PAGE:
I Tried 18 Plant-Based Sausages — These Are the Ones I’ll Be Buying Again
Veggie burgers, herby tofu, and grilled salads are classic vegetarian choices for summer cookouts, but a growing number of consumers committed to a vegetarian lifestyle means options are more plentiful than ever. Enter: grilled sausages (and their crumbled counterpart). But with so many plant-based sausage selections available now it is hard to know which tastes closest to the meaty thing. At least, it was.
We did the hard work of sourcing every pseudo-sausage we could find, cooked them all up and taste tested them so that you don’t have to. These are the three we’ll be buying again and again.
How I Tested the Plant-Based Sausages
I visited six different grocery stores and found 18 varieties of plant-based sausages from 15 different brands. I focused on savory dinner sausages, leaving breakfast sausage for another time. Some sausages were available in links, while others were packaged as ground sausage for serving as crumbles or patties.
When I got home, I divided the sausages into two separate categories: savory and chorizo. Savory sausages included Italian-style, Bratwurst, and similarly flavored sausages. The second category of sausages were garnet-hued, spicy, and seasoned with smoky paprika and spices. The two styles of chorizo are cured Spanish and fresh Mexican, but not all of the packages specified their cuisine of origin.
I prepared the sausages in as many ways as possible: as links, patties, and/or crumbles to gauge the versatility of the product. I judged on flavor, texture, aftertaste, and similarity to traditional sausage. I am not a regular consumer of plant-based sausages, so while this was not a blind taste test I did not have prior experience, preconceived preferences for, or biases against any brands.
In the end, there were three clear favorites.
Best Plant-Based Ground Sausage: Impossible Spicy Ground Sausage Roll
I was blown away by the impossibly accurate flavor and texture of Impossible’s ground sausage. The raw sausage was quite wet and a bit sticky, but the appearance was shockingly similar to pork sausage, with bits of fat and seasoning distributed throughout the plant-based meat. The sausage changes color and browns nicely, just like traditional sausage does. The savory variety was salty, juicy, and perfectly fatty. The spicy version was similar to the savory, but with a spicy kick at the end. Either flavor would work well in pasta sauce for dinner or stacked between a biscuit for breakfast.
Post-taste test, I was left longing for their plant-based sausages in link form so much so that I found that Impossible does sell both Italian and Bratwurst sausage links. These varieties were out of stock in all of the grocery stores I visited. You can bet I’ll pick up a package of those next time I find them in-store. Until then, I’ll shape the ground sausage into patties and serve them on soft burger rolls with spicy mustard instead of standard long rolls.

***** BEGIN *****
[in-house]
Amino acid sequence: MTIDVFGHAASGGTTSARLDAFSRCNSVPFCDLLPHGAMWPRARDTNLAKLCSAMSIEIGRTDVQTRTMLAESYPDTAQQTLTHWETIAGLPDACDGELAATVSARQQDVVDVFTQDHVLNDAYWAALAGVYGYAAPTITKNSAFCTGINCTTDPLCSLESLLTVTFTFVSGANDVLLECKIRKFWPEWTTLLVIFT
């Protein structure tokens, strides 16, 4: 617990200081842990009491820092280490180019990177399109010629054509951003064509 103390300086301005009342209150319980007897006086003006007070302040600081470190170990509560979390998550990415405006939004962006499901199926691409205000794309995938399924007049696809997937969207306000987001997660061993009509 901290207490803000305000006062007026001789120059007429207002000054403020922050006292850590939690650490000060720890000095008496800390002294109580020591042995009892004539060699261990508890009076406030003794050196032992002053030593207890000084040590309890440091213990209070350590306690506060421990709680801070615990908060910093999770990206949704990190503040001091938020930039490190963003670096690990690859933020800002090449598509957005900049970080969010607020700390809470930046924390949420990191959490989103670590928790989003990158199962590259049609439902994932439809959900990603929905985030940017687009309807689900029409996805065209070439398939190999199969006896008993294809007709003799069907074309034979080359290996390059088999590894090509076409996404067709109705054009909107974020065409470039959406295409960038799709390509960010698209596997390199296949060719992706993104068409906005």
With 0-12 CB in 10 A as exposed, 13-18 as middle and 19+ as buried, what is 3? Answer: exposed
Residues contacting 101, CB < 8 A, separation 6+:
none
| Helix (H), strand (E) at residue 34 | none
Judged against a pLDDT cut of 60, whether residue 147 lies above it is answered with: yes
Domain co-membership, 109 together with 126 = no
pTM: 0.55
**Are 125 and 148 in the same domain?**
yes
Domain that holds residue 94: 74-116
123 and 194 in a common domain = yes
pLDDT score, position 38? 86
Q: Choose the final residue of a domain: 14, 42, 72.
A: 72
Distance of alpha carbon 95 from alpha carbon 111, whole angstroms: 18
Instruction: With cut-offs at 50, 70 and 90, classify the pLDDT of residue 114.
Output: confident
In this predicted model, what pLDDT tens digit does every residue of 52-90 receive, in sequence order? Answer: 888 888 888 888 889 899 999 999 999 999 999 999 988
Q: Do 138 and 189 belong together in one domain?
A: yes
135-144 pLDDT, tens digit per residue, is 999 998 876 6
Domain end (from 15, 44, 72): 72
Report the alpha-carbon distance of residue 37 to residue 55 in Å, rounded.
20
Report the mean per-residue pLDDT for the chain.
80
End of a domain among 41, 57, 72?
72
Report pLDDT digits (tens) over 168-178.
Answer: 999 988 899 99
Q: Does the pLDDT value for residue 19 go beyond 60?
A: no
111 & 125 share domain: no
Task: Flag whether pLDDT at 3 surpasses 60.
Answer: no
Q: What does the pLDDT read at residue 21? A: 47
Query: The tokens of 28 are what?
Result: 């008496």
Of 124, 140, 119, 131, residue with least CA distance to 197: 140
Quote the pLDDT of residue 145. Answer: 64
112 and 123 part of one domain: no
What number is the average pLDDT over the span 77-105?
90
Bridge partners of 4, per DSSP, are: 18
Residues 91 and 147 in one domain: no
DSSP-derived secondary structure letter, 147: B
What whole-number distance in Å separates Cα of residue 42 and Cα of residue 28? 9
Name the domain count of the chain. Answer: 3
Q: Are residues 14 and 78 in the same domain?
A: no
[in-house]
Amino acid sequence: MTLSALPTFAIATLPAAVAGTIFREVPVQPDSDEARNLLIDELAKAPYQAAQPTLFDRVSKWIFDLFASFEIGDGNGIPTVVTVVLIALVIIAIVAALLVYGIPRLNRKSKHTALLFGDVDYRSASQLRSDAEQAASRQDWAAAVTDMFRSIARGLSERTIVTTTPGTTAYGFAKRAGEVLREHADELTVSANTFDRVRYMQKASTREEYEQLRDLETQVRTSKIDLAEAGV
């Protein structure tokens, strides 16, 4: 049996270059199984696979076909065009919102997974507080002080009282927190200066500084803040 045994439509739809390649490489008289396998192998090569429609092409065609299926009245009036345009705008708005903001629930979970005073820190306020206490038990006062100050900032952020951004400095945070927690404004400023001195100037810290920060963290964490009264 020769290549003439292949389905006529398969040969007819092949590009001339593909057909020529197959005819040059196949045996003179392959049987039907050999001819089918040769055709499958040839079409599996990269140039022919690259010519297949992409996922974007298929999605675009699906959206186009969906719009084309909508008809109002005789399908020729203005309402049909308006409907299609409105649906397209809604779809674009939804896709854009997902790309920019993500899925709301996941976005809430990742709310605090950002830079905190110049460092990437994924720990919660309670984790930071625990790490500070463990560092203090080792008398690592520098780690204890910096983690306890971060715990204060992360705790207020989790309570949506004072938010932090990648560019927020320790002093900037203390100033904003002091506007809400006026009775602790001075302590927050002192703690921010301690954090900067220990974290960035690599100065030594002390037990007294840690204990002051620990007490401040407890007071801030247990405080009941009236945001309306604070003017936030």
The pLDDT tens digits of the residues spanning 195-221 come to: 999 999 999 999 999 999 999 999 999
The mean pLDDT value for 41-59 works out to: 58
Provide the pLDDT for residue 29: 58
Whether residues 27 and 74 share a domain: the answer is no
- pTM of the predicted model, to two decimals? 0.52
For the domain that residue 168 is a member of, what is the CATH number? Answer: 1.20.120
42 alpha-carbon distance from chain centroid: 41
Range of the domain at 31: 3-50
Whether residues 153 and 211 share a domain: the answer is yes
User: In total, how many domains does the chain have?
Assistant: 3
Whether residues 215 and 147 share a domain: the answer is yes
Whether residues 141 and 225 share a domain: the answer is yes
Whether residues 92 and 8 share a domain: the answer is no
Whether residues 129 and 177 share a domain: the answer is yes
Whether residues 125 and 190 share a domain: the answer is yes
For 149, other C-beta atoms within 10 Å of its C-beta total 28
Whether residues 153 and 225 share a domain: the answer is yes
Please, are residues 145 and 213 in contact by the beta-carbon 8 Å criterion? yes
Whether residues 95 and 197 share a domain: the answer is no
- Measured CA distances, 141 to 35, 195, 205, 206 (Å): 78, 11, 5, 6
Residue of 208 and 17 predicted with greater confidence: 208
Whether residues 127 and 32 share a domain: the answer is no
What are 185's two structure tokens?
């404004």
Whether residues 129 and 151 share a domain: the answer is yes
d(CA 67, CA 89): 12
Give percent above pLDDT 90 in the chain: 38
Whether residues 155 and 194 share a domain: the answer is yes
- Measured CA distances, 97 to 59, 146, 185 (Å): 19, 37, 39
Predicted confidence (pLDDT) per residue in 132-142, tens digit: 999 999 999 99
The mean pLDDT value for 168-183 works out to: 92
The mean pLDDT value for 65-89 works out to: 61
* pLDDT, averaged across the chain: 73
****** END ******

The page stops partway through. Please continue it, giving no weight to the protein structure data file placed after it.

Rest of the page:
Buy: Impossible Ground Sausage Roll Savory or Spicy, $5.39 for 14 ounces at Target
Best Plant- Based Link Sausage: Jack & Annie’s Smoky Jack Sausage
Finding a link sausage that I’d be happy to serve from the skillet or the grill was surprisingly difficult, but one stood out from the pack. Most of the other sausages were made with soy or wheat gluten, but the main ingredient here is jackfruit! These plant-based sausages are squeezed into a thin, plant-based casing, and while that casing came a little loose after browning in the skillet, it was not noticeable upon eating.
When I broke the sausage apart with my fingers to make crumbles, it felt like traditional sausage, although slightly more dense. It browns nicely and maintains the classic crumble consistency. The flavory is smoky with a slight sweetness at the end, like good barbecue, with no off-putting aftertaste that was common to others I tasted. The sausage is juicy, flavorful, and exactly what I want to serve on a soft bun with a squeeze of spicy mustard.
Find it in stores: Jack & Annie’s Smoky Jack Sausage, $5.15 for 11.4 ounces at Whole Foods
Best Plant-Based Chorizo: Trader Joe’s Soy Chorizo
I tasted six chorizo plant-based sausages and Trader Joe’s Soy Chorizo was the best of them all. This plant-based chorizo comes in a long folded tube wrapped in a removable plastic casing.
It crumbles into the skillet, without being too sticky nor too dry. The sausage browned slightly over medium heat as the crumbles heated through, maintaining a variety in the size of the crumbles and developing some crispy bits around meatier crumbles. Paprika, garlic, and spicy red pepper give Trader Joe’s Soy Chorizo well-balanced and robust flavor. Add this sausage to meals, including breakfast tacos and grain bowls, all day long.
Find it in stores: Trader Joe’s Soy Chorizo, $2.49 for 12 ounces at Trader Joe’s
Did your favorite make the list? Sound off in the comments below.